Remember back in 7thgrade how much fun it was to tape a sign on someone’s back without them knowing it, a sign that said something like “kick me” or “kiss me”? Remember how it would make everyone laugh? Well, everyone except the poor guy who was being made to look like a fool. Those were the days! Well, we now have a taste of what the adult version of this looks like. In one of the most depressing articles ever to appear in print, the Washington Post reports that a guy in Maine named Christopher Blair has recreated himself as a variety of outspoken, online conservatives in order to dupe other conservatives into believing the most outrageous lies about liberals. Why would he do this? So that he can elicit nasty comments from the unwitting conservatives so that a posse of his liberal followers can then swoop in and laugh at the dupes, mocking them, calling them names, telling them they’ve fallen for fake news and that they are, in short, idiots.
For example, when he posted the “news” that Michelle Obama would be selling her book at George Bush’s funeral, someone with a longstanding dislike of Michelle fell for it, and wrote in the comments, “Like I said, no class what so ever [sic]” which elicited a torrent of abuse from Blair’s gang, telling her how stupid she was for not realizing it was satire, telling her she shouldn’t be allowed to vote—and those were the nicest comments.
This is nothing new. Steve Colbert played this kind of role on Comedy Central for years, Samantha Bee’s crew does it regularly, and Borat has made a lot of money tricking people into taking his various personae at face value so that we can laugh at them and feel superior.
But, what do we think will be the result of these kinds of shenanigans? Do we think everyone will have a hearty laugh and then repair to the nearest cyber-pub for a convivial online drink? Humiliating your opponents is going to do nothing but create more anger, more digging in of heels, more vituperation, and eventually violence. As it turns out, Blair is also adding to the problems of fake news and trust, since so many who receive these messages don’t realize it’s satire. Mr. Blair would be doing the world a favor by ending his crusade to make conservatives look stupid and think of a healthier way to get the ideas he favors across.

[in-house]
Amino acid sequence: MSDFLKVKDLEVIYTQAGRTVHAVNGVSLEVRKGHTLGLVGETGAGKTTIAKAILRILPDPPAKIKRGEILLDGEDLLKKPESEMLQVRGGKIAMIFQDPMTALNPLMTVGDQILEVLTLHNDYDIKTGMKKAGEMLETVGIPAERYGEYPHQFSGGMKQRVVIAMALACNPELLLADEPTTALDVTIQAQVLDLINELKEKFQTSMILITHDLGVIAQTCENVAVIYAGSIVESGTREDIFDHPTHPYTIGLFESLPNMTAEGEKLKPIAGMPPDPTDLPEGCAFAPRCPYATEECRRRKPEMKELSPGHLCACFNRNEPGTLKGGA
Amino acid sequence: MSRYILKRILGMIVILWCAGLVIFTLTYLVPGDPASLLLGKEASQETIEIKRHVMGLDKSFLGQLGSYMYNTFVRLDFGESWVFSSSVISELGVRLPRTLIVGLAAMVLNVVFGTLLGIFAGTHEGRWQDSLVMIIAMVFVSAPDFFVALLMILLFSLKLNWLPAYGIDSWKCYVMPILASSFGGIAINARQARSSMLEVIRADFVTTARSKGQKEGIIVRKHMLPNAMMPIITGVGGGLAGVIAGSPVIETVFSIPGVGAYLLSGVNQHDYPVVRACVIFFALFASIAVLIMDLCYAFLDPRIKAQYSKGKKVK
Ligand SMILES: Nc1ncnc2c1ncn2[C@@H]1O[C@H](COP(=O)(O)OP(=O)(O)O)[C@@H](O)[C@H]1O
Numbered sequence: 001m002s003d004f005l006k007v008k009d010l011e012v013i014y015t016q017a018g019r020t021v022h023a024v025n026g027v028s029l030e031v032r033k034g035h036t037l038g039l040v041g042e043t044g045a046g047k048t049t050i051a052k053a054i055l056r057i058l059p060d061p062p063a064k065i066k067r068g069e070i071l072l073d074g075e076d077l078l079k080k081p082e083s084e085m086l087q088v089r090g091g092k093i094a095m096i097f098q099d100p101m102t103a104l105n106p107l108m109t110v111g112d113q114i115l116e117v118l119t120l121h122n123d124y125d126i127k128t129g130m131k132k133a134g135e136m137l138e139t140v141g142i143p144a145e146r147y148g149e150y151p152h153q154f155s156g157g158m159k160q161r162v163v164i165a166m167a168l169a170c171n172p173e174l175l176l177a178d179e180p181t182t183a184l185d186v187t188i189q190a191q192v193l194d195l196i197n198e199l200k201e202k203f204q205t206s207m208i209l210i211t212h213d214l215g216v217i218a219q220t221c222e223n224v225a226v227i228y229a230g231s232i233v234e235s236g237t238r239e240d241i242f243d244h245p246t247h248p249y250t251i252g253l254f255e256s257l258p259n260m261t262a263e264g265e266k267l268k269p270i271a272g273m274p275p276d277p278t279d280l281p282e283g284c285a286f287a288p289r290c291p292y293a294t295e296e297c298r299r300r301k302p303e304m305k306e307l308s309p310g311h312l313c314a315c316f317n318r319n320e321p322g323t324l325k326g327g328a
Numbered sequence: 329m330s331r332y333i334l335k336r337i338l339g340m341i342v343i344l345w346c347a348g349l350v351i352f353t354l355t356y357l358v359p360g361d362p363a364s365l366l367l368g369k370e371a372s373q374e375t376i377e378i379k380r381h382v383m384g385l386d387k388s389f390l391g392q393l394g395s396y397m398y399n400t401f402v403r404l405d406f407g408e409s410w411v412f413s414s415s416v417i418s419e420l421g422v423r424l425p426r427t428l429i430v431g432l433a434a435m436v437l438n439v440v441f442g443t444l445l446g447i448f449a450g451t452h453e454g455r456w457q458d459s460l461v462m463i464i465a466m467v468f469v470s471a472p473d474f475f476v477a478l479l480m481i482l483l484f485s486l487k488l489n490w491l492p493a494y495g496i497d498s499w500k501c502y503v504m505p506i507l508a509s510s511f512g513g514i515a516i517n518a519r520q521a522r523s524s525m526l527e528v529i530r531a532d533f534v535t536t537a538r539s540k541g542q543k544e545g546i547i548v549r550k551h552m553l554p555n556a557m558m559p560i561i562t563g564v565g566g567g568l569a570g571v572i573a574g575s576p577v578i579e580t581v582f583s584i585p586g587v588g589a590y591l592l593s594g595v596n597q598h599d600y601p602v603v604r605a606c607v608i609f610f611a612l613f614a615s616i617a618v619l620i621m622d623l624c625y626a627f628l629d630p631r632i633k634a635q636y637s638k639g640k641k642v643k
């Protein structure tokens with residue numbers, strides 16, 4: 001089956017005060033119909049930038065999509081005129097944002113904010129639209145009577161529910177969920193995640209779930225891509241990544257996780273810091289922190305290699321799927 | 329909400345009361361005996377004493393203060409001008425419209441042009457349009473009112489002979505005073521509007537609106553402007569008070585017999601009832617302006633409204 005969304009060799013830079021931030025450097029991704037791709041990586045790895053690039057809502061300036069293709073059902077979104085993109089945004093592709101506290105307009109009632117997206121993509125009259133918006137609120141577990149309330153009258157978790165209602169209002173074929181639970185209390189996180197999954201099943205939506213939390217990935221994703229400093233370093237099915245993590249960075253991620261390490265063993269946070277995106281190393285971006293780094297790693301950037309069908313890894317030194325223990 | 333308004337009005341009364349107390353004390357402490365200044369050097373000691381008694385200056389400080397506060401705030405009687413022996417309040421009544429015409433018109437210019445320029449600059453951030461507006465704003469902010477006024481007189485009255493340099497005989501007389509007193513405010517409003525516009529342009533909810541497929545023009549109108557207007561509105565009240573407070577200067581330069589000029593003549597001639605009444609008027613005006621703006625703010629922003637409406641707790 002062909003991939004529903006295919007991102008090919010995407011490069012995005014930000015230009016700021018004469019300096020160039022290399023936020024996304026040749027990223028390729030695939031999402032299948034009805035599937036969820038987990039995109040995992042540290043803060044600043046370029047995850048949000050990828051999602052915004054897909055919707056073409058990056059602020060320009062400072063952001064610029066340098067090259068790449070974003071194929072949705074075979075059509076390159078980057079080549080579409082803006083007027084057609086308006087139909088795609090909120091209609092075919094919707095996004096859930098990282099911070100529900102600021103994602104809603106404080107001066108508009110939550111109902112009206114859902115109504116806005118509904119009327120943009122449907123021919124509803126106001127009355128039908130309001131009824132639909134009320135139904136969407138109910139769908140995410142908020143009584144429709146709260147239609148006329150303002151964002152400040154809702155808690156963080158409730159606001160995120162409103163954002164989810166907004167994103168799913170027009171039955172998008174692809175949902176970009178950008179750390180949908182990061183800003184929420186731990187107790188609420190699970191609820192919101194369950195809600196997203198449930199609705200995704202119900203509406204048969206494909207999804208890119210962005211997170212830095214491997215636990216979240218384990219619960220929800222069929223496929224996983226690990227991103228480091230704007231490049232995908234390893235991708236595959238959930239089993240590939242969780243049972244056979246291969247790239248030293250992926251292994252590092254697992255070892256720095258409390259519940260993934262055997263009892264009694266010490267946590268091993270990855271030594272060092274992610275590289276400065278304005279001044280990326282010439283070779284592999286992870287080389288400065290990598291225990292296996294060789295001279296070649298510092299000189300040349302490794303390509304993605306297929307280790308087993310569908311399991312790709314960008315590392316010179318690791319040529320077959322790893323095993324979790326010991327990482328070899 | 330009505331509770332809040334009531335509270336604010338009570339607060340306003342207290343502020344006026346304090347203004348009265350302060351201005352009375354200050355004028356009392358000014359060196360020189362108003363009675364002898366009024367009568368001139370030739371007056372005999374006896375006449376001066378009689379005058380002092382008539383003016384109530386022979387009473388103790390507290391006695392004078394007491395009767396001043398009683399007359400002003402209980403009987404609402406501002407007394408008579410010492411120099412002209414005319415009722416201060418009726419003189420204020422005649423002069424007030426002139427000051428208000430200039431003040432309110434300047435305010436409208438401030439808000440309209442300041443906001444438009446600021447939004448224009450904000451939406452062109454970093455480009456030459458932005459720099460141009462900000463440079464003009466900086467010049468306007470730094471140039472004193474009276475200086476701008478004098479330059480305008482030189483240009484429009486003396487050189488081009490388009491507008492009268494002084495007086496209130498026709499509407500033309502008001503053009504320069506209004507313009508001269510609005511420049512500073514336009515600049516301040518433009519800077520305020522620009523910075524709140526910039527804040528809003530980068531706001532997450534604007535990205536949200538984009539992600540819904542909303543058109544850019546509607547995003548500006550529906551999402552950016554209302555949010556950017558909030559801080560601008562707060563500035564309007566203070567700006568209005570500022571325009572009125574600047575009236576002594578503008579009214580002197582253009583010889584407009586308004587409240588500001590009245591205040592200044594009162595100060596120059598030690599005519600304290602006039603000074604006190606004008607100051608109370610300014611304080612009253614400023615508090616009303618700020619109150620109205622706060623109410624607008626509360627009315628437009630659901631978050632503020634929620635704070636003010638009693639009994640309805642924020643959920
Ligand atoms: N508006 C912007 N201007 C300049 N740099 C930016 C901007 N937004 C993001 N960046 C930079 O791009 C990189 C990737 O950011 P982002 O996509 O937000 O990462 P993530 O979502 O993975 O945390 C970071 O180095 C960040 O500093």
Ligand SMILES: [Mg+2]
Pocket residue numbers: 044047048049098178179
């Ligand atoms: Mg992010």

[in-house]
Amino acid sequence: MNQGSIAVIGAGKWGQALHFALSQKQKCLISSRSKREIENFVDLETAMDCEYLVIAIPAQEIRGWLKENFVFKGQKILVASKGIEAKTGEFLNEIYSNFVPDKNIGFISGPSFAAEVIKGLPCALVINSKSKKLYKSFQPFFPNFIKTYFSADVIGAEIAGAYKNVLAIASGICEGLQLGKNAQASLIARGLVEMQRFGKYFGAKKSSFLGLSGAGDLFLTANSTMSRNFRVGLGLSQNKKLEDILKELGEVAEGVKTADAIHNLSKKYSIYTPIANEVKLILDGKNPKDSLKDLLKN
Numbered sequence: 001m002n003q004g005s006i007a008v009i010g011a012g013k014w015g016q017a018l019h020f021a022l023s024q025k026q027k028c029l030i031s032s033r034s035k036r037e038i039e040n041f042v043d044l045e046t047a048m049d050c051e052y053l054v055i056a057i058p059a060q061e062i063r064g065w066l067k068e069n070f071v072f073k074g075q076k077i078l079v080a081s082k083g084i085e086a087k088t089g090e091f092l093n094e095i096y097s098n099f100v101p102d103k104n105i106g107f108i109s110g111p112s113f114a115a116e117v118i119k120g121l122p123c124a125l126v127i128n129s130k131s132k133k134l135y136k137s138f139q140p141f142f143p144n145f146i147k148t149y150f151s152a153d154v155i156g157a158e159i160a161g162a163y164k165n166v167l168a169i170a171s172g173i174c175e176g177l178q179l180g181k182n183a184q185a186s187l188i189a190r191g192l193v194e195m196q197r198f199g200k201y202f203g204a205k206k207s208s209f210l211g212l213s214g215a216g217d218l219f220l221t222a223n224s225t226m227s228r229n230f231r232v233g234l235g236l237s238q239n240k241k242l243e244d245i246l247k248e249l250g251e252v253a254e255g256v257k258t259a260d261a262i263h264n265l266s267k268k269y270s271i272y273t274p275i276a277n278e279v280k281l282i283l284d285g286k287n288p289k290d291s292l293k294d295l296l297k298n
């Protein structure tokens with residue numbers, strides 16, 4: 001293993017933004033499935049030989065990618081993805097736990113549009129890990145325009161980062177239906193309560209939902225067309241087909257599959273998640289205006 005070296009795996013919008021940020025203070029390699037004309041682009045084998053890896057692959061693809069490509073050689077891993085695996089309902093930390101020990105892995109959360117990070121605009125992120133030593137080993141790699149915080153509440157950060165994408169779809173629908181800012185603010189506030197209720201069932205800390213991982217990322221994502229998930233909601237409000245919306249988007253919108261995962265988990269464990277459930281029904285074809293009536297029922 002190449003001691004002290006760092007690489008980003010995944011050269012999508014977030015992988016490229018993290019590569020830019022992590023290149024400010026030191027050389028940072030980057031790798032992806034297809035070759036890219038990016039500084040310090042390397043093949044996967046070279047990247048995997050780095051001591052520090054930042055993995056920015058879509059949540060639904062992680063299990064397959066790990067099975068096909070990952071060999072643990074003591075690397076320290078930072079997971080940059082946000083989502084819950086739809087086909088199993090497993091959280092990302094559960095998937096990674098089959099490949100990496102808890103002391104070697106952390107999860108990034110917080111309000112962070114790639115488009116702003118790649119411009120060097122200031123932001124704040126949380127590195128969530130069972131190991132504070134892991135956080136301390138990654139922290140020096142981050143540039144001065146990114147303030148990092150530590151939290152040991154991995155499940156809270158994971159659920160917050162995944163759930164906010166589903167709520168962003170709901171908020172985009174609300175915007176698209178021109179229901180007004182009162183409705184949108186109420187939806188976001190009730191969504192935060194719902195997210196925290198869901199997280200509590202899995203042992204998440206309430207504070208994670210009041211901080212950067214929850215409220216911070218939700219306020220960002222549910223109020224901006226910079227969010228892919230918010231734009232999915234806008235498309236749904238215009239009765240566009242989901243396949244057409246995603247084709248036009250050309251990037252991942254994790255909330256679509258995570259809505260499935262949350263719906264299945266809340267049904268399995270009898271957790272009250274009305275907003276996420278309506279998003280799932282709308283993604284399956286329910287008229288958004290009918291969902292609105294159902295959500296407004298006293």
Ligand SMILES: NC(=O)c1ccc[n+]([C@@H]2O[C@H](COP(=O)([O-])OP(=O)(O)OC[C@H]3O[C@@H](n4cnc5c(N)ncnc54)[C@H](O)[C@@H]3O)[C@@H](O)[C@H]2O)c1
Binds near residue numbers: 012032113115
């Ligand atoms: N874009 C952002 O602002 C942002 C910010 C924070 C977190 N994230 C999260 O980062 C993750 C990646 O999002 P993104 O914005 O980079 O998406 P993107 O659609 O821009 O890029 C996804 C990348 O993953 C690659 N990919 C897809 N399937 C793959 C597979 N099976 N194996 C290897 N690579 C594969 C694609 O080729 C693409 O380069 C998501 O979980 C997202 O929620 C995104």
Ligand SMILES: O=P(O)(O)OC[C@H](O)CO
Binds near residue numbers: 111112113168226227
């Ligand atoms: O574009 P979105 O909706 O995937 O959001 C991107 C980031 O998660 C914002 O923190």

One such healthier way is a project called “Hands Across the Hills.” In 2017 Paula Green, a progressive in Western Massachusetts, was trying to figure out how anyone could have voted for a guy like Donald Trump, so she came up with the idea of contacting a community in Western Kentucky that went solidly Republican. They were total strangers, but a group from Massachusetts eventually met a group from Kentucky twice, once in each others’ communities, and something amazing happened. They bonded. They became friends. They found that they understood each other better. They did not change their political beliefs, but they could see each other as real people, as human beings, not someone to try to humiliate, excoriate, or eviscerate, but someone who was pleasant and fun to be with, someone you could get along with despite the differences.
This illustrates the most important part of the Sacrament of the Group: of course we all need to feel like we belong to a family, a community. But ever since we moved into multi-cultural cities we’ve needed a Good Neighbor ethic to survive—treat all of your neighbors, not just your in-group, like you’d like to be treated, and today “all of your neighbors” includes the entire world. To make it your mission to trick people in order to humiliate them will not only destroy trust, it will invite retaliation, the prelude to full-blown war.